September 20, 2023

A Decade After Passage of Consolidation, Princeton Celebrates, Remembers, Reflects

By Anne Levin

It took several attempts over nearly six decades, but Princeton Township and Princeton Borough were finally consolidated into the municipality of Princeton on January 1, 2013.

The 10th anniversary of this milestone is being celebrated on Thursday, September 28 from 4:30 to 6:30 p.m. with a public party at the municipal complex. Everyone is invited to hear remarks from State Sen. Andrew Zwicker, Mayor Mark Freda, and Princeton Councilwoman Michelle Pirone Lambros, followed by live music and refreshments.

Many of the people who worked to make consolidation a reality will be on hand. Prominent among them is Liz Lempert, who was the first mayor of the newly consolidated municipality, and served in the post until 2021.

“Every step along the way was effortful and it required an enormous amount of work from elected officials, municipal staff, and citizen volunteers,” she said in an email this week. “Chad Goerner [former Princeton Township mayor] in particular deserves a huge amount of credit for moving the initiative forward in a thoughtful, open, and methodical way.”

Was the merger a success? Yes, Lempert said. “Consolidation has saved taxpayers significant money (well over $3 million a year), it has led to expanded services, and in many cases improved services — including stronger emergency preparedness and faster, coordinated response. Obviously, consolidation doesn’t solve all our problems, but it puts us in a much stronger position to focus on the challenges facing our community and work collectively to address them.”

To make the merger happen, the Borough Council and Township Committee agreed to do a study of the possibilities of more shared services and full municipal consolidation. Both entities had to approve funding for a consultant, as well as details of how members of the Consolidation Commission would be chosen. Anton Langston headed the Commission and did “a remarkable job,” Lempert said.

“They looked at every department in the Borough, and every department in the Township, created a baseline report, and then analyzed what could be achieved by in some cases sharing services or fully consolidating,” she said. “They also held something like 40 community outreach meetings to hear from the public about concerns and ideas. The Commission ultimately recommended full municipal consolidation, and it was in large part due to the strength of their work that voters in both the Borough and Township overwhelmingly supported the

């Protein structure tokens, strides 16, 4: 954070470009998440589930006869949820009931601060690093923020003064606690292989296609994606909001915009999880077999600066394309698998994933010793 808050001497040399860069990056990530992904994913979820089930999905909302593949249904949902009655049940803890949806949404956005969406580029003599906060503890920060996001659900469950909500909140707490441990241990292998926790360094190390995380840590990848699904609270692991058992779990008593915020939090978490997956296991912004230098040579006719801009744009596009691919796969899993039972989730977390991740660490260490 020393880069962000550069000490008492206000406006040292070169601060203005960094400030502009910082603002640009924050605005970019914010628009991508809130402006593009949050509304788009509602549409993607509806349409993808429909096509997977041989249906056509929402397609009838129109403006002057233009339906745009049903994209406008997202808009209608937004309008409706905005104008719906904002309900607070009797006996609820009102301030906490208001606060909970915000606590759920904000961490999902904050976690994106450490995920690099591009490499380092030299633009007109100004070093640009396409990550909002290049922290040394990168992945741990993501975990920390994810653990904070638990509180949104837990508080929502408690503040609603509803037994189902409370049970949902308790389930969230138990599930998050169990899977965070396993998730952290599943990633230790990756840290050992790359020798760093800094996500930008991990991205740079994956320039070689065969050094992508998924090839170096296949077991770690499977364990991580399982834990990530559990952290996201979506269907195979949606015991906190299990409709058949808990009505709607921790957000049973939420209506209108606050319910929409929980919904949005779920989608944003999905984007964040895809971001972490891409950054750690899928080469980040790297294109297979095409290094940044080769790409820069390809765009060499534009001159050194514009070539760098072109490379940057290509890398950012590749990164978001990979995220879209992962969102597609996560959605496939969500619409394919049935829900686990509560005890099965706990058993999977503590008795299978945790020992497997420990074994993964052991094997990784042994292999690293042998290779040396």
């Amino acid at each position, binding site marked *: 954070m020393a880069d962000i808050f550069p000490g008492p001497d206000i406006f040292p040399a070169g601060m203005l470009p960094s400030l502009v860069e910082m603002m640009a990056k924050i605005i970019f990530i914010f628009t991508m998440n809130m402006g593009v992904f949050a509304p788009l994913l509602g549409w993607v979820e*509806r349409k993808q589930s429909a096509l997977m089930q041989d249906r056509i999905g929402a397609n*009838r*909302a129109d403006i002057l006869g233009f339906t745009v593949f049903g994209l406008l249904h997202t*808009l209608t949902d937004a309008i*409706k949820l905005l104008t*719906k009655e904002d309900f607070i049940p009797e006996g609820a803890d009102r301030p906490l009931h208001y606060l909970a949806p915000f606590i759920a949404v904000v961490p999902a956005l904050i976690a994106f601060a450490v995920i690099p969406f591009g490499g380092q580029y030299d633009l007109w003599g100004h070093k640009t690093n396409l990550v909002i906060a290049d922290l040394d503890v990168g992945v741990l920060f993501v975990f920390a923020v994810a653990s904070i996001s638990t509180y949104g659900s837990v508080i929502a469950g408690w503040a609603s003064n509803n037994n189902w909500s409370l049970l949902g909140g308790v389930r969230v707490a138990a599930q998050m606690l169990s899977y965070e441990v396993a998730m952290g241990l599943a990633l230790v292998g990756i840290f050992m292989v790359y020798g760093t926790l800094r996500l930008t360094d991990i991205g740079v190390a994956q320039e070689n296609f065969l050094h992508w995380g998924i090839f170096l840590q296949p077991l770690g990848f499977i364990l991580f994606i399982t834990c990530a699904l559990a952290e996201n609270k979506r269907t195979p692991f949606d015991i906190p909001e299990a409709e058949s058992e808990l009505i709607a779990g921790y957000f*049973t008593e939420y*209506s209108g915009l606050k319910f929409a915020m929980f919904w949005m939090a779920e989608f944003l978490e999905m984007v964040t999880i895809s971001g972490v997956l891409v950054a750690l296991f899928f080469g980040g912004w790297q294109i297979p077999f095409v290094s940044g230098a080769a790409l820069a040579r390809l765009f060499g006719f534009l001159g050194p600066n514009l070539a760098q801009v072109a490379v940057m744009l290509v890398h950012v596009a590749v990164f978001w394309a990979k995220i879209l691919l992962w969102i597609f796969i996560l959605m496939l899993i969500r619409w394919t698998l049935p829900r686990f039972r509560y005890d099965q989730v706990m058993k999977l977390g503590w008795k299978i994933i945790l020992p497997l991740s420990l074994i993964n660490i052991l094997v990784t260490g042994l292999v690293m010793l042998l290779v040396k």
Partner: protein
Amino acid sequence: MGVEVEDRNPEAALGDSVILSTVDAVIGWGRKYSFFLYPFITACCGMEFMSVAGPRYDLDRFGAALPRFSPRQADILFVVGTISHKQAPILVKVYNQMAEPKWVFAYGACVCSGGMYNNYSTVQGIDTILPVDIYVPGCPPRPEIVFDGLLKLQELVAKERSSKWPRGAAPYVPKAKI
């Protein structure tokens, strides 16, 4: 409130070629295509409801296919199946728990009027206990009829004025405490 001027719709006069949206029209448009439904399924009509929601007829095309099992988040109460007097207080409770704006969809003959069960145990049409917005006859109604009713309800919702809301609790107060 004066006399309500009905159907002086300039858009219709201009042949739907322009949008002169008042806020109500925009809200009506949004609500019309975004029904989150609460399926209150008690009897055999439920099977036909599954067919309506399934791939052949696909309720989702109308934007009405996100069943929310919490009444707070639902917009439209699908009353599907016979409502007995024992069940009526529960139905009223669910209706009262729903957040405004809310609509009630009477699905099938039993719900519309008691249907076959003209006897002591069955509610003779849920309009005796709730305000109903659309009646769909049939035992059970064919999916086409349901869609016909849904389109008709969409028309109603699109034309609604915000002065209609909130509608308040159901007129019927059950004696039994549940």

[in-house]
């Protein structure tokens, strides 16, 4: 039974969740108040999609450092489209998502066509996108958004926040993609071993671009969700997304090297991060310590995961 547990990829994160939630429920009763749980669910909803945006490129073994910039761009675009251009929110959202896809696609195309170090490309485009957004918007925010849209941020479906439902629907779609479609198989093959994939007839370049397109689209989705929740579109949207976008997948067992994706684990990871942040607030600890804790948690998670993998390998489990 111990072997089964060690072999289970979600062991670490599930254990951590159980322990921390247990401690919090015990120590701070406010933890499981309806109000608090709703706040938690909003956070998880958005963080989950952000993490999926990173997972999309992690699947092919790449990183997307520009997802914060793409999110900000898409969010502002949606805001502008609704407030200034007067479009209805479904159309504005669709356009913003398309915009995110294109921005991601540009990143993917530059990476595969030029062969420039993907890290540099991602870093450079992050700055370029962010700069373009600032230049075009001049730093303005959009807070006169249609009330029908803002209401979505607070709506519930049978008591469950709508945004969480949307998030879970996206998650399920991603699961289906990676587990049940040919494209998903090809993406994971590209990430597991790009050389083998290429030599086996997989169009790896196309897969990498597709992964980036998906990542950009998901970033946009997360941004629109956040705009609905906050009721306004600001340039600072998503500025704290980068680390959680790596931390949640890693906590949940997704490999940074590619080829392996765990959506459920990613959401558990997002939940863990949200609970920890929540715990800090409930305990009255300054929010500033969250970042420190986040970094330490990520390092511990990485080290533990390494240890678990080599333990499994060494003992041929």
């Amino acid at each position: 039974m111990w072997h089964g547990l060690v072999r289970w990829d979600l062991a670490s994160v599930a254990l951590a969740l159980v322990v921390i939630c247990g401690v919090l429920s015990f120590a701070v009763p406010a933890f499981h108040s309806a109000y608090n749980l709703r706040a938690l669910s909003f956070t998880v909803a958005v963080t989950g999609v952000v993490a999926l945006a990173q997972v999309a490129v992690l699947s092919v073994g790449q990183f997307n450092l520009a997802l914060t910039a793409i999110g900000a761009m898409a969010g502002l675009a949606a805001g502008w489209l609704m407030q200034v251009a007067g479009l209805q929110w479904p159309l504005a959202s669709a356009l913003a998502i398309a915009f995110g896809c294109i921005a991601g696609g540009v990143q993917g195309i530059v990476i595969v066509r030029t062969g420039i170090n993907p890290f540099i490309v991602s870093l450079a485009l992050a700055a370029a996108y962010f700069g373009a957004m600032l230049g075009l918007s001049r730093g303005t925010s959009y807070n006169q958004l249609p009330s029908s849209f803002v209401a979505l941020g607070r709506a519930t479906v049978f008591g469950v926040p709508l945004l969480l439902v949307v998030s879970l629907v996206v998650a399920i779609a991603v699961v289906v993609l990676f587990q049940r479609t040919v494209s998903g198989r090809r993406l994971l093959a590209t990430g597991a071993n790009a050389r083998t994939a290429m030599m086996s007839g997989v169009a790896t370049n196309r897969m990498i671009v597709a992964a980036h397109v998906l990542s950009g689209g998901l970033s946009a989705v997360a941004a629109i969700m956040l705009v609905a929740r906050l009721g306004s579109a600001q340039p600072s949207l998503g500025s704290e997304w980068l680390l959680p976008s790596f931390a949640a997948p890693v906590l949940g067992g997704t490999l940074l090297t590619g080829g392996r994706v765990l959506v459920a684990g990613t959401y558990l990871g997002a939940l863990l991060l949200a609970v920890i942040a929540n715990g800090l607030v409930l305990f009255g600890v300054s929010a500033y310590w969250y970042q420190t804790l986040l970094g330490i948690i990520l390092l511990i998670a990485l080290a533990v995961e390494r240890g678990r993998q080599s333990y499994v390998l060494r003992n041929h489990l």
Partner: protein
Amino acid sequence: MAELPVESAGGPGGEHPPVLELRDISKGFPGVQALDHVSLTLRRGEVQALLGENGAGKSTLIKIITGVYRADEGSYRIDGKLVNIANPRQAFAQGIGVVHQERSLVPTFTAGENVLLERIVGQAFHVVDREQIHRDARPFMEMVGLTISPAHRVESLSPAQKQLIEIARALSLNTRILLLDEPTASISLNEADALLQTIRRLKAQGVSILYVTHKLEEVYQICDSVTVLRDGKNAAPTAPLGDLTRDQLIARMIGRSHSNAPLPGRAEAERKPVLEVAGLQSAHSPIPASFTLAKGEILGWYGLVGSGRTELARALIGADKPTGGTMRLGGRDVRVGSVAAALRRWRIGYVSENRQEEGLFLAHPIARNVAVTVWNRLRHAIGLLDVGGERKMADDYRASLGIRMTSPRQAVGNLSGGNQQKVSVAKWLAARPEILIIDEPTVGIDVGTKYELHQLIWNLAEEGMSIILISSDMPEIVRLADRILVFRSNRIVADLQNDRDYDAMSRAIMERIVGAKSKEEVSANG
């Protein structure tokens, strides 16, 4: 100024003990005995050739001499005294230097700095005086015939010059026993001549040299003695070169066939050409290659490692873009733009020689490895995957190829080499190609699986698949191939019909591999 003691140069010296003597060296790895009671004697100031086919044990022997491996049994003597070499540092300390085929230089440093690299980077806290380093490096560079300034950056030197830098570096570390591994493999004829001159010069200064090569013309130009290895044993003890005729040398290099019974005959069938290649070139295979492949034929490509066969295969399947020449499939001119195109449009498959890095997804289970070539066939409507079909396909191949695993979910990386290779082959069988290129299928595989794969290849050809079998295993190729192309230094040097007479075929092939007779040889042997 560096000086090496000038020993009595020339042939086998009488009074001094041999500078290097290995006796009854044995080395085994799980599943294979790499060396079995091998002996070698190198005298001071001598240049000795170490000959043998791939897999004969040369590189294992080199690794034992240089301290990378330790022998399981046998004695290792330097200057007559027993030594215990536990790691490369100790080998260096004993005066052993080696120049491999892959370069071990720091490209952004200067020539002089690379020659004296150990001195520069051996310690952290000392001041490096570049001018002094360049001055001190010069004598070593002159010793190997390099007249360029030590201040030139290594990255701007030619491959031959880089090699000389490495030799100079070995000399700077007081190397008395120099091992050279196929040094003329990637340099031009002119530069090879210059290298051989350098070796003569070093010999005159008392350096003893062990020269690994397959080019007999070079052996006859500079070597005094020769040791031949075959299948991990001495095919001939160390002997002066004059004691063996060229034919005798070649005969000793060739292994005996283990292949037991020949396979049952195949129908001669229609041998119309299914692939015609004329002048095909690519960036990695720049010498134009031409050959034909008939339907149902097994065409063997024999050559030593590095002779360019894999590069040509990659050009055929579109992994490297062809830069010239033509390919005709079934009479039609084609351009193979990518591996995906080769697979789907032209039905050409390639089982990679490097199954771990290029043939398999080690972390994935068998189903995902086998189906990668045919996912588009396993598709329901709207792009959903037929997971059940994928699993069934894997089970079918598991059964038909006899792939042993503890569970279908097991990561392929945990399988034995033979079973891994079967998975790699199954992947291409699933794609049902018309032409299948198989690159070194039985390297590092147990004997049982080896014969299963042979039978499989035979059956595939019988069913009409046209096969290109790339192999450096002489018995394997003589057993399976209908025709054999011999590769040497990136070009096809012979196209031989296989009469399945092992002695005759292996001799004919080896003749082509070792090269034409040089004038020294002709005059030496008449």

While no other successful mergers have taken place in other New Jersey towns since 2013, interest has been expressed. “You have to remember that Princeton’s consolidation effort really started in the 1950s,” said Lempert. “There were a series of failed referendums until the successful passage in 2011 [made official in 2013]. Part of the Princeton example is that it can be a very long process. The Borough and Township had 13 shared services between them at the time of consolidation. Sharing more and more services may be an aspect of Princeton’s path to consolidation that other towns follow. At some point, the bureaucracy and politics involved in managing all those shared services stops making sense, and full consolidation seems like less of a radical jump.”

What made the 2011 attempt work was the fact that elected officials played a major role, and most were open to the idea. Lempert has been asked by citizens of other communities about forcing a referendum through a purely grassroots effort, but she believes the commitment of government leadership is essential to making such a merger work. Retaining a good consultant is key. “And of course, it’s vital to listen to the community,” she said. “Especially to those who are opposed to consolidation as well as members of the municipal staff, and attempt to directly address their fears and concerns.”

Lambros, who chaired the committee planning the September 28 event, regards consolidation as transformative for Princeton. “I think it’s really worth celebrating,” she said. “It’s a milestone for our town, but also really historic. We’re a stronger town as a consolidated town, financially and operationally.”

Lambros said that over the 10 years since consolidation went into effect, municipal staff has become 10 percent smaller, resulting in savings of more than $2 million for things like salaries and health benefits. Princeton has earned a triple-A bond rating from Moody’s and Standard and Poor’s, “which is very rare,” she said.

After opening the celebration, Lambros will turn the microphone over to Freda and Zwicker. All of those involved in the efforts will be named and thanked, along with those who were Council members at the time. “And we will do something special for Liz, but it’s a surprise,” she said.

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